The opinion of the court was delivered by: Rakoff, District Judge.
By order dated August 29, 2000 the Court granted those
portions of defendants' then-pending motion under Rules 12(b)(6)
and 12(f), Fed.R.Civ.P. that sought dismissal in their entirety
of Counts Four, Five, and Sixteen of plaintiffs' Complaint and
that sought as to Count Eight of the Complaint dismissal of
defendants Linda Wachner and The Warnaco Group, Inc. and a stay
pending arbitration as to defendant Warnaco, Inc.*fn1 This
Memorandum explains the reasons for these rulings.
The somewhat complicated contractual relations between the
parties chiefly derive from a series of agreements they entered
into on March 14, 1994 (the "March 1994 Agreements") that were
designed to apportion between them the rights to exploit various
Calvin Klein trademarks.*fn2 First, plaintiff Calvin Klein,
Inc. ("CKI") entered into a "Trust Agreement" with the
Wilmington Trust Company that established the Calvin Klein
Trademark Trust ("CK Trust"), which is co-plaintiff here. The
Trust Agreement was also "Accepted and Agreed to" by defendant
Linda Wachner in her capacity as principal officer of one of the
companies used to effectuate some of the transfers undertaken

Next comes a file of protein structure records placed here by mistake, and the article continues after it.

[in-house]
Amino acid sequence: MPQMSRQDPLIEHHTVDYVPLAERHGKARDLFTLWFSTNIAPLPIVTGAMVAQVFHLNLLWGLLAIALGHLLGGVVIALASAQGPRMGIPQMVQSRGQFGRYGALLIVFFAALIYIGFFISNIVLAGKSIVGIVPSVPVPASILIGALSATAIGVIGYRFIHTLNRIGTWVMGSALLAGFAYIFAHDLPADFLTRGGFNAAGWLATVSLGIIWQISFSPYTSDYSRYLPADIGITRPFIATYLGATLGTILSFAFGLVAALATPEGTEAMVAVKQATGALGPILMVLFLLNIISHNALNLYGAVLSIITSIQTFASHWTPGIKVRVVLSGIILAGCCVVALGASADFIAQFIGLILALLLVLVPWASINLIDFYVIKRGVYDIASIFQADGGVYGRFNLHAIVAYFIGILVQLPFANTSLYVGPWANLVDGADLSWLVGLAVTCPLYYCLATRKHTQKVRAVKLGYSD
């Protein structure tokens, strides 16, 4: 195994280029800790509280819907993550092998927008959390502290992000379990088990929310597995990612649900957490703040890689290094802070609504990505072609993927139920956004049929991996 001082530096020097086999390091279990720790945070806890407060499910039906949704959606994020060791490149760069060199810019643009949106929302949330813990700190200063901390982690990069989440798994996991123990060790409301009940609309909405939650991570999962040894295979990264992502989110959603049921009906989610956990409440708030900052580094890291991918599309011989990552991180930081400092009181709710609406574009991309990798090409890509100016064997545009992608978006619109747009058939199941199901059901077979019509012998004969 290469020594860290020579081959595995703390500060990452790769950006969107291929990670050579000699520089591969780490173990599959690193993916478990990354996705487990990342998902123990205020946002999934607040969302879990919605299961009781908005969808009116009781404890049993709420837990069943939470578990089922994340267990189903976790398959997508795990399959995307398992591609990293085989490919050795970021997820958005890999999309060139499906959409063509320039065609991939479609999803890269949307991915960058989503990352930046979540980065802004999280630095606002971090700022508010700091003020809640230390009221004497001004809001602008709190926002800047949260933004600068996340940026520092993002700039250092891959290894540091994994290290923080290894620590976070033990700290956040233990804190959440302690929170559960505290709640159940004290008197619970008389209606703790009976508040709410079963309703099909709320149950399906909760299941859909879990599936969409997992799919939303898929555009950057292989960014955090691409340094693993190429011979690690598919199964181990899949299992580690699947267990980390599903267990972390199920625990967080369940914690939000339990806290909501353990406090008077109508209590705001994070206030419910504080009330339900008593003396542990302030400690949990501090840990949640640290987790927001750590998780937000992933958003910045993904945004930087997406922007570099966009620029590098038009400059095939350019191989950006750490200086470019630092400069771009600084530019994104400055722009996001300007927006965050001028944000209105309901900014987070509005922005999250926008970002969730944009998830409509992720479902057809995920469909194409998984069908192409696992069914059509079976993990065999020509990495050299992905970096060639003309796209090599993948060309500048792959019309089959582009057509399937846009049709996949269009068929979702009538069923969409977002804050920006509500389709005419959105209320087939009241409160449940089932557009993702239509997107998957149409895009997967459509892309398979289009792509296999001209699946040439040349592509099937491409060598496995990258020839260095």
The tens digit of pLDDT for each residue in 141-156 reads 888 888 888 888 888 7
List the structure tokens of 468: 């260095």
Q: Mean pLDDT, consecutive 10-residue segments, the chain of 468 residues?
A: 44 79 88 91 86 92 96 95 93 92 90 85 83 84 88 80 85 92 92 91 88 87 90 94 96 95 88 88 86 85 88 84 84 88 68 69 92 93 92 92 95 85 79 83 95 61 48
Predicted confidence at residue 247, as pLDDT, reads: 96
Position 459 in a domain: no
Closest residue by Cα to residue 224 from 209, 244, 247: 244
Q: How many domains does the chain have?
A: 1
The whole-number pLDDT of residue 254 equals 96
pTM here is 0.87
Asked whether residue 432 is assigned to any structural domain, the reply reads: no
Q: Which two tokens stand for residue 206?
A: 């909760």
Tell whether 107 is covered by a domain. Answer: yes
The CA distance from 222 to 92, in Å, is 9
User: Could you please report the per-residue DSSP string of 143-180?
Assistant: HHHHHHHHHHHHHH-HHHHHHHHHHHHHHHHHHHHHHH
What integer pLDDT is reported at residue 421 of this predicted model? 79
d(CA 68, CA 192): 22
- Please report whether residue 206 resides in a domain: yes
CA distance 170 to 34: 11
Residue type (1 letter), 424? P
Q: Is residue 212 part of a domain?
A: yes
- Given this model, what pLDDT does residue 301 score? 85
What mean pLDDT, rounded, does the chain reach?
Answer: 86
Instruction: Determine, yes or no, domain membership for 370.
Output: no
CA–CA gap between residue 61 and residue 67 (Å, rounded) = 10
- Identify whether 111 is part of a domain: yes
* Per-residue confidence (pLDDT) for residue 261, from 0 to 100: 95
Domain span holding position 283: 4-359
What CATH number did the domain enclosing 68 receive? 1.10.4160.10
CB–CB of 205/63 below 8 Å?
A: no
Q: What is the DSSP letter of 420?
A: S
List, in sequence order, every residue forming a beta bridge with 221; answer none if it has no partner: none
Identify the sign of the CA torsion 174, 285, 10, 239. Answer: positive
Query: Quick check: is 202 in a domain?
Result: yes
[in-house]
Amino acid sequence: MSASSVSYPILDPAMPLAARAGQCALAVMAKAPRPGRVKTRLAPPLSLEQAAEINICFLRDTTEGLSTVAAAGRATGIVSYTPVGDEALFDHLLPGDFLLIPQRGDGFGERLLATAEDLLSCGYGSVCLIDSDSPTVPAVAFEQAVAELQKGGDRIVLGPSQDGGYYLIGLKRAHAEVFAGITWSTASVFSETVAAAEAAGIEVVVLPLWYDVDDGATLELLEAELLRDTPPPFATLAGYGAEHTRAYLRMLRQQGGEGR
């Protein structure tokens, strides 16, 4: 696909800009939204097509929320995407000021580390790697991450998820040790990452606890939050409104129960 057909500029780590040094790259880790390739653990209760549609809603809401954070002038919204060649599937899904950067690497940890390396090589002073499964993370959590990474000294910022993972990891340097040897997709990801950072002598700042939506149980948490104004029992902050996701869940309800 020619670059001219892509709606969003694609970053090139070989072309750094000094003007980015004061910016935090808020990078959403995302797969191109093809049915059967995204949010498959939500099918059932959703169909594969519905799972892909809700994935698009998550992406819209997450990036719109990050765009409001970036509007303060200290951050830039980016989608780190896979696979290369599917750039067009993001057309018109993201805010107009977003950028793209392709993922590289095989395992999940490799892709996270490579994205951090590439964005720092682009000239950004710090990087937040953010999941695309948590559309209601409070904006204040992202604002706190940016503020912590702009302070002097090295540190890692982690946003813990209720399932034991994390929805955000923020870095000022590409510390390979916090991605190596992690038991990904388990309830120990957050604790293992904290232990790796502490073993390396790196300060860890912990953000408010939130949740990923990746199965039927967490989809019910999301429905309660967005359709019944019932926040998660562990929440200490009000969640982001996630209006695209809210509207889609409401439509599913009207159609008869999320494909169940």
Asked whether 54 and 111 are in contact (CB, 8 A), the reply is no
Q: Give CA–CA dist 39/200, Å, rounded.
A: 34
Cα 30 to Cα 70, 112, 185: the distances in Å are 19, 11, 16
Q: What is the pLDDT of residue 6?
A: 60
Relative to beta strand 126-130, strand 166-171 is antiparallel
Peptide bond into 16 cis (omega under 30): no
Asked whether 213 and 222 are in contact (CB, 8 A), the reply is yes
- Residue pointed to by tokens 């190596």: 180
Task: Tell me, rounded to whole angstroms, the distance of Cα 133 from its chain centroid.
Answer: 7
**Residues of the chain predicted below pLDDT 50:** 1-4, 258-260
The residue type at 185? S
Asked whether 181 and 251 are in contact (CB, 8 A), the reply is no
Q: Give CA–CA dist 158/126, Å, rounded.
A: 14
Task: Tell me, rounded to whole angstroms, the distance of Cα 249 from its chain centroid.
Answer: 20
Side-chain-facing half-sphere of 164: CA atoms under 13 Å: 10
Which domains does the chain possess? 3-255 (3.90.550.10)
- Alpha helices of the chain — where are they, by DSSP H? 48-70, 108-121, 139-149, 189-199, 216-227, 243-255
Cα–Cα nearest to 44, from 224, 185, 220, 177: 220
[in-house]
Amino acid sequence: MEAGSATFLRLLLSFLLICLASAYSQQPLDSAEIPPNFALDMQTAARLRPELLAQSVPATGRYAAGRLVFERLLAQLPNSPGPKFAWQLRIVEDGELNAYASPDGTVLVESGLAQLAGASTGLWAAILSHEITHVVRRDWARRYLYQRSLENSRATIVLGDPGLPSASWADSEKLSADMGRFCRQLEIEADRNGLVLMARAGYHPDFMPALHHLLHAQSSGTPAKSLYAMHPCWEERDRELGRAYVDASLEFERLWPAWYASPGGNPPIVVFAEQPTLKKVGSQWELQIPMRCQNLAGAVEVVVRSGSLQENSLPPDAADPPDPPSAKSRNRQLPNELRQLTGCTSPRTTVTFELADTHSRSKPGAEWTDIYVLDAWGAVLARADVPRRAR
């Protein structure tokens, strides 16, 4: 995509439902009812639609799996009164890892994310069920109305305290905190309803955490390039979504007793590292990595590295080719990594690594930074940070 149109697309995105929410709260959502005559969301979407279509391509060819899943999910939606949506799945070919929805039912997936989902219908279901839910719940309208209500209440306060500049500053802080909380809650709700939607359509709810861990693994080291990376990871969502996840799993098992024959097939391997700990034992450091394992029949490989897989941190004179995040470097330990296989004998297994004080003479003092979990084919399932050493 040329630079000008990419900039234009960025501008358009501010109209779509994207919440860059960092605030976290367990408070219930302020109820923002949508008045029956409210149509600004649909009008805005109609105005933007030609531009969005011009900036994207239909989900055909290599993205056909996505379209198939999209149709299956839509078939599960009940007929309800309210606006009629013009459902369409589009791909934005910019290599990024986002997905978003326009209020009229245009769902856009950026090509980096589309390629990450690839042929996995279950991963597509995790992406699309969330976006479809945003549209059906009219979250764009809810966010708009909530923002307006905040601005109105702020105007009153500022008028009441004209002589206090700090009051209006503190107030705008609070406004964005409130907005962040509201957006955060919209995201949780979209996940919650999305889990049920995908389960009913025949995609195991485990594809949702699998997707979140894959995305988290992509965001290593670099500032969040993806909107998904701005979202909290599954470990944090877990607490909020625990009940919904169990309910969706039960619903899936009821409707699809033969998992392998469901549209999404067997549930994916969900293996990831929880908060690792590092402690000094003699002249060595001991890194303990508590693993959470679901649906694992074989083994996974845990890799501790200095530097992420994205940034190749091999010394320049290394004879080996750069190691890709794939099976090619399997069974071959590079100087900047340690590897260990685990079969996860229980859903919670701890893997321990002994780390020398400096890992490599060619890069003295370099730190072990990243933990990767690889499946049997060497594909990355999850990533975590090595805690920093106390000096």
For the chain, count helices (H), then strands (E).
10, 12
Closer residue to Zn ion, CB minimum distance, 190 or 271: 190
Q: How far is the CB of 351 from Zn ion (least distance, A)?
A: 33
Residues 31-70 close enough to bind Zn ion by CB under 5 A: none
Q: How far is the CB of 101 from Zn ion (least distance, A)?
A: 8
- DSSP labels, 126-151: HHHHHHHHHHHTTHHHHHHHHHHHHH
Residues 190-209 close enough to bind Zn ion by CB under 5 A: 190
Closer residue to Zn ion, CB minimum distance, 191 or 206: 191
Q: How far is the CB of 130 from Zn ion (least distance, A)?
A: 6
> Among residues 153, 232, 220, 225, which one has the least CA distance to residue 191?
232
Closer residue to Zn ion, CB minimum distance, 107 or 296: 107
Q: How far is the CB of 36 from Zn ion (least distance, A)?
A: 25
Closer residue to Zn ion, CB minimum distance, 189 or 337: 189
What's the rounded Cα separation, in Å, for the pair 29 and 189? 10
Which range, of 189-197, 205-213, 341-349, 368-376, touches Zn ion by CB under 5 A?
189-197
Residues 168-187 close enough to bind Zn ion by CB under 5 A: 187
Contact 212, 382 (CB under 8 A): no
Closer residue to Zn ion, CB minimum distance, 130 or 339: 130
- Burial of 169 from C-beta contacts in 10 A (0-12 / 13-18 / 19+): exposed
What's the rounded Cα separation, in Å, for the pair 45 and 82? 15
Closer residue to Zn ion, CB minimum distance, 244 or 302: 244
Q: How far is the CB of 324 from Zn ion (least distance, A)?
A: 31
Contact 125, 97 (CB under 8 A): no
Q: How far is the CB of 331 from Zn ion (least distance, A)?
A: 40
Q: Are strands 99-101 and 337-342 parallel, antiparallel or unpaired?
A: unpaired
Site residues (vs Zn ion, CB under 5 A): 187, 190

pursuant to the March 1994 Agreements. Pursuant to a "World Wide
Transfer Agreement," CKI then conveyed the trademarks "Calvin
Klein," "CK/Calvin Klein," "CK/Calvin Klein Jeans," and "CK"
(collectively the "Marks") to the CK Trust in return for three
ownership certificates: a Class B certificate representing use
of the Marks on and in connection with women's intimate apparel,
a class C certificate representing use of the Marks on and in
connection with men's underwear, and a Class A certificate
representing use of the Marks on and in connection with all
other products. Under an "Acquisition Agreement" between CKI and
defendants The Warnaco Group, Inc. ("Warnaco Group") and its
subsidiary Warnaco, Inc. ("Warnaco"), CKI then sold the Class B
and Class C certificates to Warnaco for $58,500,000.
Additionally, under a "Men's Accessories License Agreement," CKI
gave Warnaco an exclusive license to use the Marks on and in
connection with the manufacture, distribution, and marketing of
men's belts and accessories. CKI, the CK Trust, and Warnaco also
entered into a "Quality Assurance Agreement" to help maintain
the value of the Marks and an "Administration Agreement" to
provide for the administration of the other March 1994
Thereafter, on August 4, 1994, CKI entered into a "Jeanswear
License Agreement" with defendant Calvin Klein Jeanswear Co.
("Calvin Klein Jeanswear"), a subsidiary of defendant Designer
Holdings, Inc., ("Designer Holdings") giving Calvin Klein
Jeanswear an exclusive license to sell jeans and jean-related
items bearing one or more of the Marks. Further, on October 31,
1996, CKI entered into a "Store License Agreement" with
defendant Outlet Holdings, Inc. ("Outlet Holdings"), an
affiliate of Calvin Klein Jeanswear, giving Outlet Holdings the
right to maintain and operate "Calvin Klein Outlet Stores" as